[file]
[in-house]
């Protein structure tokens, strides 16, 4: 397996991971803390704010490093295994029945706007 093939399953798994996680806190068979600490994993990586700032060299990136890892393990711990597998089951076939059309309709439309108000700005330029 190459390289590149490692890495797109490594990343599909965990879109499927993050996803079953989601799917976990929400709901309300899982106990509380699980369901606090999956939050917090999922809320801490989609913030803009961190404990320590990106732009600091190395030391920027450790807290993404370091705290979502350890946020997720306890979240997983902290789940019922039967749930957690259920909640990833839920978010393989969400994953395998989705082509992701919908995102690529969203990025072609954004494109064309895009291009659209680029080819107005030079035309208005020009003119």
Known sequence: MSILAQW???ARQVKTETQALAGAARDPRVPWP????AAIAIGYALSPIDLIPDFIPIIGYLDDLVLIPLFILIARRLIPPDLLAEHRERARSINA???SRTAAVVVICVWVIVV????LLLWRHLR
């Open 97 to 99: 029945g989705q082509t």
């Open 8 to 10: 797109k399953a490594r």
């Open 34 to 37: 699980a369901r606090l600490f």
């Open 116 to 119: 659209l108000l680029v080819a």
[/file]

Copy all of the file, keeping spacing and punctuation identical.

[in-house]
């Protein structure tokens, strides 16, 4: 397996991971803390704010490093295994029945706007 093939399953798994996680806190068979600490994993990586700032060299990136890892393990711990597998089951076939059309309709439309108000700005330029 190459390289590149490692890495797109490594990343599909965990879109499927993050996803079953989601799917976990929400709901309300899982106990509380699980369901606090999956939050917090999922809320801490989609913030803009961190404990320590990106732009600091190395030391920027450790807290993404370091705290979502350890946020997720306890979240997983902290789940019922039967749930957690259920909640990833839920978010393989969400994953395998989705082509992701919908995102690529969203990025072609954004494109064309895009291009659209680029080819107005030079035309208005020009003119």
Known sequence: MSILAQW???ARQVKTETQALAGAARDPRVPWP????AAIAIGYALSPIDLIPDFIPIIGYLDDLVLIPLFILIARRLIPPDLLAEHRERARSINA???SRTAAVVVICVWVIVV????LLLWRHLR
């Open 97 to 99: 029945g989705q082509t």
């Open 8 to 10: 797109k399953a490594r």
């Open 34 to 37: 699980a369901r606090l600490f």
């Open 116 to 119: 659209l108000l680029v080819a």